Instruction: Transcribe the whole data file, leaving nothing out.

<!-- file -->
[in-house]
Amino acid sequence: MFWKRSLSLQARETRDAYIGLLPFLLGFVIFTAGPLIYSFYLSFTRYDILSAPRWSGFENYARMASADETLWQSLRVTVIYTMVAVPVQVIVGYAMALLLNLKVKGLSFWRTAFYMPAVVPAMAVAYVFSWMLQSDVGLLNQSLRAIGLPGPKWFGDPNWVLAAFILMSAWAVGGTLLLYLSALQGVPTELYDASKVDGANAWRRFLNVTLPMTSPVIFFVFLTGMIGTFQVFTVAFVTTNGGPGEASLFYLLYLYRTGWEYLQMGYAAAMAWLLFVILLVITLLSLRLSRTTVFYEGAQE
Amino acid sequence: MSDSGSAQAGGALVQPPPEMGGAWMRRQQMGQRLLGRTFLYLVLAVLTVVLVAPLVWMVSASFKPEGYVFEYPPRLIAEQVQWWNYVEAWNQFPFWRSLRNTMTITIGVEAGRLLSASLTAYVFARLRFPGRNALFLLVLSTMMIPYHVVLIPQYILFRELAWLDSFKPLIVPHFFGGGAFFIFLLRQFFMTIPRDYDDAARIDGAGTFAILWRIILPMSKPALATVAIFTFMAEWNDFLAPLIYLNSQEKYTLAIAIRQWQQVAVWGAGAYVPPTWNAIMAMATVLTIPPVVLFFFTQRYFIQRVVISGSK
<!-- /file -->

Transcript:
[in-house]
Amino acid sequence: MFWKRSLSLQARETRDAYIGLLPFLLGFVIFTAGPLIYSFYLSFTRYDILSAPRWSGFENYARMASADETLWQSLRVTVIYTMVAVPVQVIVGYAMALLLNLKVKGLSFWRTAFYMPAVVPAMAVAYVFSWMLQSDVGLLNQSLRAIGLPGPKWFGDPNWVLAAFILMSAWAVGGTLLLYLSALQGVPTELYDASKVDGANAWRRFLNVTLPMTSPVIFFVFLTGMIGTFQVFTVAFVTTNGGPGEASLFYLLYLYRTGWEYLQMGYAAAMAWLLFVILLVITLLSLRLSRTTVFYEGAQE
Amino acid sequence: MSDSGSAQAGGALVQPPPEMGGAWMRRQQMGQRLLGRTFLYLVLAVLTVVLVAPLVWMVSASFKPEGYVFEYPPRLIAEQVQWWNYVEAWNQFPFWRSLRNTMTITIGVEAGRLLSASLTAYVFARLRFPGRNALFLLVLSTMMIPYHVVLIPQYILFRELAWLDSFKPLIVPHFFGGGAFFIFLLRQFFMTIPRDYDDAARIDGAGTFAILWRIILPMSKPALATVAIFTFMAEWNDFLAPLIYLNSQEKYTLAIAIRQWQQVAVWGAGAYVPPTWNAIMAMATVLTIPPVVLFFFTQRYFIQRVVISGSK